New Economics Papers
on Efficiency and Productivity
Issue of 2008‒02‒02
five papers chosen by

  1. Productivity in the National Health Service By Peter Hart
  2. Exports and productivity comparable evidence for 14 countries By International Study Group on Exports and Productivity
  3. Unions, Training, and Firm Performance By Addison, John T.; Belfield, Clive R.
  4. Axiomatic Foundations of Efficiency Measurement on Data-Generated Technologies By R. Robert Russell; William Schworm
  5. Competition versus Efficiency: What drives franchise values in European banking? By O. DE JONGHE; R. VANDER VENNET

  1. By: Peter Hart (Centre for Institutional Performance, Department of Economics, University of Reading Business School)
    Date: 2007
  2. By: International Study Group on Exports and Productivity
    Abstract: We use comparable micro level panel data for 14 countries and a set of identically specified empirical models to investigate the relationship between exports and productivity. Our overall results are in line with the big picture that is by now familiar from the literature: Exporters are more productive than non-exporters when observed and unobserved heterogeneity are controlled for, and these exporter productivity premia tend to increase with the share of exports in total sales; there is strong evidence in favour of self-selection of more productive firms into export markets, but nearly no evidence in favour of the learning-by-exporting hypothesis. We document that the exporter premia differ considerably across countries in identically specified empirical models. In a meta-analysis of our results we find that countries that are more open and have more effective government report higher productivity premia. However, the level of development per se does not appear to be an explanation for the observed cross-country differences.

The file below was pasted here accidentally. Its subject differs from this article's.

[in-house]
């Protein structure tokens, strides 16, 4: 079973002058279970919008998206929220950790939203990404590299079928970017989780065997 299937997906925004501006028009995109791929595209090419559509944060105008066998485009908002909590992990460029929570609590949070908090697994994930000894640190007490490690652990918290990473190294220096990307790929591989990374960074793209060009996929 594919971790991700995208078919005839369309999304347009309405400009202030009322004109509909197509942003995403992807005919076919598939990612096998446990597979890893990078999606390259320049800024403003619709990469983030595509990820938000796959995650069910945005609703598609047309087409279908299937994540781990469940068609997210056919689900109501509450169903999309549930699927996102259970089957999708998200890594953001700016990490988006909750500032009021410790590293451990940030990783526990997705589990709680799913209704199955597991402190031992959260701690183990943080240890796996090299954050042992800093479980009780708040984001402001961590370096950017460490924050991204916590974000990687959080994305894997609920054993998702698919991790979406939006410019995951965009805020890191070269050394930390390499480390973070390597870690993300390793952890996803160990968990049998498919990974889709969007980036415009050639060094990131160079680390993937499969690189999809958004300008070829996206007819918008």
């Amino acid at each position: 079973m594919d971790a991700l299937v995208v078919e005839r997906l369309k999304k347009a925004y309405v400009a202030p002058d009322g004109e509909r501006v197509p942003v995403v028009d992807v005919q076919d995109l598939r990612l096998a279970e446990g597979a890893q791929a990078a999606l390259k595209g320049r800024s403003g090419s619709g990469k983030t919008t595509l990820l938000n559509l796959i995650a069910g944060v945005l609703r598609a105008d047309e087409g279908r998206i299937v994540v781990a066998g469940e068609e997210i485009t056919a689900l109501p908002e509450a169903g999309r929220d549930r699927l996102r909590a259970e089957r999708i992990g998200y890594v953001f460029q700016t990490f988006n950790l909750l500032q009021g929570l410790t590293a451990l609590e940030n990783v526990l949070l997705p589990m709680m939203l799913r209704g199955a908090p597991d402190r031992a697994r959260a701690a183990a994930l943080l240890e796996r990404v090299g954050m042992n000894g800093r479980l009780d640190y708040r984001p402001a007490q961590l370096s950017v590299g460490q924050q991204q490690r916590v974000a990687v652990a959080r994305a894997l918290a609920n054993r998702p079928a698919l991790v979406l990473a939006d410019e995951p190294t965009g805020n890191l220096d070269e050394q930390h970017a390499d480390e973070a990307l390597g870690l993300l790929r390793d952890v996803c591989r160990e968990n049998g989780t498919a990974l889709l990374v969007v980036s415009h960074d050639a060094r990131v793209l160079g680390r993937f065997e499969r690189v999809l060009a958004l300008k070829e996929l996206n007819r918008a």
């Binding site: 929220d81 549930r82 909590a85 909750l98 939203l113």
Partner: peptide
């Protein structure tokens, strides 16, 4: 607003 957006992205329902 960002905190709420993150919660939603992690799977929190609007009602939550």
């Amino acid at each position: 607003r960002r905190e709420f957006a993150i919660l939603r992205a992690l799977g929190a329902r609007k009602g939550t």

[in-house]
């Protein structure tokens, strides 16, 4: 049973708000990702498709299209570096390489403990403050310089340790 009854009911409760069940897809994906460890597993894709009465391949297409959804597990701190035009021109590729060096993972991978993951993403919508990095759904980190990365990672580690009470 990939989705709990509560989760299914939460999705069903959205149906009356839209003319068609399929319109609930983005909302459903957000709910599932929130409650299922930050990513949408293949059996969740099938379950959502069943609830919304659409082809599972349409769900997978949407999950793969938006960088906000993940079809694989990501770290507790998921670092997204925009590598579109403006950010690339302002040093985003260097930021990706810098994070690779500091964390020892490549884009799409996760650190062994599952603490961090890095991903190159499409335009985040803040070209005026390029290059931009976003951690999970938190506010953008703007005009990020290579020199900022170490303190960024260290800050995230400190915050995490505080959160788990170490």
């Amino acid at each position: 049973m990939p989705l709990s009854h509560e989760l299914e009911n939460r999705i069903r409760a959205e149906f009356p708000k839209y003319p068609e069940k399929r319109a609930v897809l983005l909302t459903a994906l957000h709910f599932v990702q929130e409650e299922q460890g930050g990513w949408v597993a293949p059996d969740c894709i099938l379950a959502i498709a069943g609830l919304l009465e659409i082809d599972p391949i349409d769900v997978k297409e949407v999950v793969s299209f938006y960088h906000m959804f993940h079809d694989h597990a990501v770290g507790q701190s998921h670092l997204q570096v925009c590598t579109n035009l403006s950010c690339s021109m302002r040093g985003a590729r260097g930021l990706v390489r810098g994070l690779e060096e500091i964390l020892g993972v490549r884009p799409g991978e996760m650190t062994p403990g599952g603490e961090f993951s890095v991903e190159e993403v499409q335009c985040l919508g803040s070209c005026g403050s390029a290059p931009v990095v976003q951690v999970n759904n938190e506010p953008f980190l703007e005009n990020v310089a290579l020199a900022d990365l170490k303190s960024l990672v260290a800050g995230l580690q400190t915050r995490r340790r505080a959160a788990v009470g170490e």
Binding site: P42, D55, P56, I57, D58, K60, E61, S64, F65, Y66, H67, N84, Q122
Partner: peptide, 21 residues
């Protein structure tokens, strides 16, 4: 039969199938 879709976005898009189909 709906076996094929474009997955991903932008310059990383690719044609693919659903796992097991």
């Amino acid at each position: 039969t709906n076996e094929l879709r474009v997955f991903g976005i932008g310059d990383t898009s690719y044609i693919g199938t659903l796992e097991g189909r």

Keywords: Exports, productivity, micro data, international comparison
    JEL: D21 F14
    Date: 2007
  3. By: Addison, John T. (University of South Carolina); Belfield, Clive R. (Queens College, CUNY)
    Abstract: The present paper uses a combination of workplace and linked employee-workplace data from the 1998 Workplace Employee Relations Survey and the 2004 Workplace Employment Relations Survey to examine the impact of unions on training incidence, training intensity/coverage, and training duration. It also examines the impact of unions and training on earnings and a measure of establishment labour productivity. In addition, the implications of training for the firm’s bottom line are evaluated. Union effects on training emerge as fairly subtle, and are more positive when using individual rather than plant-wide training data. A positive impact of training on earnings is detected in both the individual and plant-wide wage data, albeit only for the earlier survey. Consistent with other recent findings, the effects of union recognition on earnings are today rather muted, while union-training interaction effects vary greatly. Instrumenting training provides positive results for the labour productivity outcome and, in the case of the earlier survey, for the financial performance indicator as well. However, some negative effects of unions are now also detected.